There have been four cases of Neisseria gonorrhoeae, a version of the sexually transmitted infection (STI) that is resistant to antibiotics, identified across England.
The UK Health Security Agency this month revealed that a woman in her 20s in London and a heterosexual couple in their 20s based in the Midlands were the latest to be diagnosed.
The first identified case was a heterosexual man in his early 20s, who caught the infection in London in November.
Cases of other STIs are also on the rise, health bosses have warned.
How many people have had super gonorrhoea in Preston?
Fortunately only a handful of the antibiotic-resistant Neisseria gonorrhoeae (also known as super gonorrhoea) have so far been identified in London and the Midlands. It is not known which local authority areas these cases relate to.
But STIs, including the more common version of gonorrhoea, are not uncommon in Preston.
According to the most recent available data sourced from Public Health England (now replaced by the UK Health Security Agency), 85 people were diagnosed with gonorrhoea in 2020. This is a rate of 59.0 per 100,000 people.
There have also been numerous cases of other STIs like genital warts and syphilis.
Figures show there were 581 diagnoses of Chlamydia, 79 diagnoses of genital warts, 56 diagnoses of genital herpes and 9 diagnoses of syphilis.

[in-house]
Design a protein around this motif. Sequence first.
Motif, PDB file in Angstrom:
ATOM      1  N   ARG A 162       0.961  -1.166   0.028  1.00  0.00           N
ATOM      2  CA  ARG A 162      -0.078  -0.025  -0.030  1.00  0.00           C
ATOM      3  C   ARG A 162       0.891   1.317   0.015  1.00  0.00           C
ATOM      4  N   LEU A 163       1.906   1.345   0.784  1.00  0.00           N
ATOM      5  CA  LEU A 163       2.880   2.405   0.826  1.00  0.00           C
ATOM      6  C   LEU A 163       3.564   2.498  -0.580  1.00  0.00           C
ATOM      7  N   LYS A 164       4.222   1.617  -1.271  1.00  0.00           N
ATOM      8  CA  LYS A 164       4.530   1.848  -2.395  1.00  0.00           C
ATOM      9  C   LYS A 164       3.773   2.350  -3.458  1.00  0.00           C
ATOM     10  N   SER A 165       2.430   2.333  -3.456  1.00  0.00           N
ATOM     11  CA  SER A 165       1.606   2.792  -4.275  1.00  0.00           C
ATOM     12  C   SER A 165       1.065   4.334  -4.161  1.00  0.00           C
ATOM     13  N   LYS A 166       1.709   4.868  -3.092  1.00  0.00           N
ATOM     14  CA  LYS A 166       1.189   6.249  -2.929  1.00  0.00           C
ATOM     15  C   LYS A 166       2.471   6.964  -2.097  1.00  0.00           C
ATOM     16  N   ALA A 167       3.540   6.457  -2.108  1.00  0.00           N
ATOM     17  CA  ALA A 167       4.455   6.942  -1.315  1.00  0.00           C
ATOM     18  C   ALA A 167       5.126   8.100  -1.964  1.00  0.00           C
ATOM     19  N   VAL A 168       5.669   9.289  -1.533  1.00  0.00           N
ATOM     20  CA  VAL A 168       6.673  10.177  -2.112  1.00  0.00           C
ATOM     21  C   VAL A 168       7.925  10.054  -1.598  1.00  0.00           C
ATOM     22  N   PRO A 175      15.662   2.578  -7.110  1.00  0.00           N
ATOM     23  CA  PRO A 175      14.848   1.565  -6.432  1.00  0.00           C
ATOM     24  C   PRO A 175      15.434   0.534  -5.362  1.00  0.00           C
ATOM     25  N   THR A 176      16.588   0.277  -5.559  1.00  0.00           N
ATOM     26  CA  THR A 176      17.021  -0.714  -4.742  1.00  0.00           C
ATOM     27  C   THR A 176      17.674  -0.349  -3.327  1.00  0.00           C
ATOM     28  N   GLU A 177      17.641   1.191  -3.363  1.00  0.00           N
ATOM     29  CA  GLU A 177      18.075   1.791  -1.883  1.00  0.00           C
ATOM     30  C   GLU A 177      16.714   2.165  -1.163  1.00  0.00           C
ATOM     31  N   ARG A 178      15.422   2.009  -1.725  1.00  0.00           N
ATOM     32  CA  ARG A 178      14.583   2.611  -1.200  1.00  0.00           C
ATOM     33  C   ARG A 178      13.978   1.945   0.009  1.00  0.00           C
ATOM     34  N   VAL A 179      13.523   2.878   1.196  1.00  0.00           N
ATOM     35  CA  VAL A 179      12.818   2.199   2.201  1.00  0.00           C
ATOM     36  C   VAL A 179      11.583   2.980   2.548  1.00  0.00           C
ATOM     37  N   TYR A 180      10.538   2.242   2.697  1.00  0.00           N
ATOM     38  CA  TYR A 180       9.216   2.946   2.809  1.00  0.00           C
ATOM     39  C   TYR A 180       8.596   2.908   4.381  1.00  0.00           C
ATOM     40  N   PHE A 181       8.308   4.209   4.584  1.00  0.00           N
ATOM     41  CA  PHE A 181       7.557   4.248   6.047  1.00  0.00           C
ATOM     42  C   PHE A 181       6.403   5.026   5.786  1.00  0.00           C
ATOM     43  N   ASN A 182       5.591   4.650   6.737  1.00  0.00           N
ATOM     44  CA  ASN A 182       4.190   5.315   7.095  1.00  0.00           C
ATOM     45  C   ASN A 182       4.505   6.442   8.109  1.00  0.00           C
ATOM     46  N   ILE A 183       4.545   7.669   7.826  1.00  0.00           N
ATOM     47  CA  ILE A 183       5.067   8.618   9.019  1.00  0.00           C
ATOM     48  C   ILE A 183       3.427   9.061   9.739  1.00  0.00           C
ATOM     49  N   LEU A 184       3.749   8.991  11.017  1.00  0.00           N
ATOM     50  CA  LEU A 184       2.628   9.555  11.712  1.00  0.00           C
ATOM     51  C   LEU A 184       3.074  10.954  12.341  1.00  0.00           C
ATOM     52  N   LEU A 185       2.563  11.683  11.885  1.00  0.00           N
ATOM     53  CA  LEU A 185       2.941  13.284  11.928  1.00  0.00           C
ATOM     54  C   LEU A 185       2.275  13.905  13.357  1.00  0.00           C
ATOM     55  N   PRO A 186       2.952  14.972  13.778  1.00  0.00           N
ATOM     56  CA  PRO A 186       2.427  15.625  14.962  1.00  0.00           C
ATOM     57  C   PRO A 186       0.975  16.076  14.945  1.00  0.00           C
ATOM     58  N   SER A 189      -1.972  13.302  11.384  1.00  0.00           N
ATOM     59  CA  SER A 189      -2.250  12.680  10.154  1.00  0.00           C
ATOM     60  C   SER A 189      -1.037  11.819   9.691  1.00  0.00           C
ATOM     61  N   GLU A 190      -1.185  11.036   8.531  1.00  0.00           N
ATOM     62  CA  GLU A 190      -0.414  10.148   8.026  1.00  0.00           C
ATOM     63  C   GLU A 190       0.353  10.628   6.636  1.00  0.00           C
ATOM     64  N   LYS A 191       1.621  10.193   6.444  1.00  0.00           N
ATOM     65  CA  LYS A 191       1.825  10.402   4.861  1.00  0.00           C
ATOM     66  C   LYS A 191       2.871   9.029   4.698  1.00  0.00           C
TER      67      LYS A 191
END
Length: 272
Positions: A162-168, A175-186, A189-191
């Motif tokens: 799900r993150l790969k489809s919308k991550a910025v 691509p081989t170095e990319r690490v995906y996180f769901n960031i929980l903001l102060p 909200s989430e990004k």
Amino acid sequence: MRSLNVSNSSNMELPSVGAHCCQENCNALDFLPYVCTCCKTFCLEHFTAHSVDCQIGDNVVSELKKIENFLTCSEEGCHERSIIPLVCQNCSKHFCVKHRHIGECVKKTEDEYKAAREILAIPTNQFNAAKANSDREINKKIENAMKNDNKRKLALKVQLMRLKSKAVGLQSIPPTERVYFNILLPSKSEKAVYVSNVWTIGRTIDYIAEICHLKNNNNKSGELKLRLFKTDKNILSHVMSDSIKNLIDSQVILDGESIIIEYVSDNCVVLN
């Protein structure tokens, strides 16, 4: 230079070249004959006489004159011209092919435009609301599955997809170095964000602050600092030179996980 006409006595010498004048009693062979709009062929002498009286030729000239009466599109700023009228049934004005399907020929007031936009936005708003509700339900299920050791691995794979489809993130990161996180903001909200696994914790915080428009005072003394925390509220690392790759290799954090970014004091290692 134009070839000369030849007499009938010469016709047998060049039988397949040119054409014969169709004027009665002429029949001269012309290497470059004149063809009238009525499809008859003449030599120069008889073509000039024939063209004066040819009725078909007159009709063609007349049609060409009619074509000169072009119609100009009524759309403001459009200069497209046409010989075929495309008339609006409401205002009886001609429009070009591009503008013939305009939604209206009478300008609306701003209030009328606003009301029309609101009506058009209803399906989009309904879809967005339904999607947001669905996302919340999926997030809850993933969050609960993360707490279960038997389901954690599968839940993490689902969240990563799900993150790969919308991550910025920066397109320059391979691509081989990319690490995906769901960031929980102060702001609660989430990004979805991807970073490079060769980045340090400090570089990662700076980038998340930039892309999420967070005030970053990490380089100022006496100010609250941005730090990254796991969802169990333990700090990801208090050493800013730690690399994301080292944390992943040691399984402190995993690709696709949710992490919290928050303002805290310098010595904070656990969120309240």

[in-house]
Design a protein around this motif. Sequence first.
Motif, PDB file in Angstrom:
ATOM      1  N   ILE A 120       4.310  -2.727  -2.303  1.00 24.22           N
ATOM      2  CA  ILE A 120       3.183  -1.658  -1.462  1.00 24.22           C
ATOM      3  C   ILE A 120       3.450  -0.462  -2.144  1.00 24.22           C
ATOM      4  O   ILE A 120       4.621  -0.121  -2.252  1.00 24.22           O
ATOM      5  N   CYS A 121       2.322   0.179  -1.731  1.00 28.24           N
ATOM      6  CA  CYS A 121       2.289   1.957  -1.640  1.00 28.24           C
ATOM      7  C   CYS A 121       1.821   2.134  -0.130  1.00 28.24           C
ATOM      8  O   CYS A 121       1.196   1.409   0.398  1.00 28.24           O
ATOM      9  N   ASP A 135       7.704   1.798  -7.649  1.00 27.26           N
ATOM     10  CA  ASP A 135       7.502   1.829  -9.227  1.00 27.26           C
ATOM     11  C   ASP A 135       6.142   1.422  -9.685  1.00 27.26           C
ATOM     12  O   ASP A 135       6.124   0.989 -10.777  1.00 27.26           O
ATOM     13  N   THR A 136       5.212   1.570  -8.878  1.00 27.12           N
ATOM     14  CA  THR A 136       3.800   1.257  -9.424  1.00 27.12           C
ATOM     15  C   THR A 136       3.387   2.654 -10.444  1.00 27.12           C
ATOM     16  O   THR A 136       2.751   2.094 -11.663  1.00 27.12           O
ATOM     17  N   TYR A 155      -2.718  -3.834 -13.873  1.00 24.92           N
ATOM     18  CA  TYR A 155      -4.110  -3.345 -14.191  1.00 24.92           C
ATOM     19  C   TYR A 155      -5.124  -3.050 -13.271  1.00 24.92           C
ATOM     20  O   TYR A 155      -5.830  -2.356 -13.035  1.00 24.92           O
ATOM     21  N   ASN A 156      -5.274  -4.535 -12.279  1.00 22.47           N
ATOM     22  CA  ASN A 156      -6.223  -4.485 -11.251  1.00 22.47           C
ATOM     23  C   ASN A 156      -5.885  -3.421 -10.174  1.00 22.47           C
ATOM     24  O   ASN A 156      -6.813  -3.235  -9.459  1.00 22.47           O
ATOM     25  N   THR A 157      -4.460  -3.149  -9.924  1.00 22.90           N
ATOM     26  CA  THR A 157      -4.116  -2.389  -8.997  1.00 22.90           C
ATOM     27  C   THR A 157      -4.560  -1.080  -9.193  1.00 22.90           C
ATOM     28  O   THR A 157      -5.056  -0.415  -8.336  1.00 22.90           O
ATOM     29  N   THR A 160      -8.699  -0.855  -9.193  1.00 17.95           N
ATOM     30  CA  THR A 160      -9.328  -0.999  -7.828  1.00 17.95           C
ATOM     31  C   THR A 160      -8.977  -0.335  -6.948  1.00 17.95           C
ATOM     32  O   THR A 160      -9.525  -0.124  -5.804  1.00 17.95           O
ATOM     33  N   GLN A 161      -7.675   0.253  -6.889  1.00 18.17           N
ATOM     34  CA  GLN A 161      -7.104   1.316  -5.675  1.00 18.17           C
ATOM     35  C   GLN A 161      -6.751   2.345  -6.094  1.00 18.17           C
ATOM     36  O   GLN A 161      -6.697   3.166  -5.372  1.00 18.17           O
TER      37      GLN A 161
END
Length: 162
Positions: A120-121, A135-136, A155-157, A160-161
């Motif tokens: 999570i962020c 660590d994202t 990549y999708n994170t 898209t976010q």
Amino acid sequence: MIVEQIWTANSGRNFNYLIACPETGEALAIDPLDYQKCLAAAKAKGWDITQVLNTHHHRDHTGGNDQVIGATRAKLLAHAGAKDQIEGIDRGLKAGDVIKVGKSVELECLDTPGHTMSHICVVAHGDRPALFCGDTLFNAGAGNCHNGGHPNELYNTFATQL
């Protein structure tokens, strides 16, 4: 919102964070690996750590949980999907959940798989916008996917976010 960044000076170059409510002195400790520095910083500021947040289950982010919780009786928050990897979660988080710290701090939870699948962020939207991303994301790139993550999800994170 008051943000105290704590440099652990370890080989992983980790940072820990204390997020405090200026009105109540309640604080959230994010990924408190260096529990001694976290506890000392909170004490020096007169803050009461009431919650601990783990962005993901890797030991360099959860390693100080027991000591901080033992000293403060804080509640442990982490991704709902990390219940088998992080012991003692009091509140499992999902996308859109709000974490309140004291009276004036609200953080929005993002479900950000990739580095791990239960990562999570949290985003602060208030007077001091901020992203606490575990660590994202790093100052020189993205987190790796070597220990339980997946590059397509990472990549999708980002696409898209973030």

Overall, there were 929 STI diagnoses in 2020. This is a rate of 644.5 new infections per 100,000 people.
In the North West there were 17,955 cases of Chlamydia, 3,353 cases of genital warts, 2,368 cases of genital herpes and 705 diagnoses of syphilis.
What are the symptoms of super gonorrhoea and how can people avoid catching it?
Health experts are urging people in Preston to use protection and to regularly get tested to limit the risk of catching the infection or any other STI.
Dr Katy Sinka, STI section head at the UK Health Security Agency (UKHSA), said: “After a couple of years without any cases of this hard-to-treat form of gonorrhoea, we have now seen four cases in the last two months.
“It’s too soon to say whether this will be the start of a longer-term trend, but we do know that STIs are on the rise in general.
“Getting an STI isn’t as simple as taking some medicine and moving on with your life – if not properly treated, they can have long term impacts on your and your partner’s health.
“Adding antibiotic resistance into the mix makes the impact on your life even greater.
“There are simple steps you can take to reduce your risk of gonorrhoea and other STIs. Use condoms consistently and correctly with all new or casual partners, test regularly for STIs and if you have any symptoms such as unusual discharge, don’t have sex until you are tested.”
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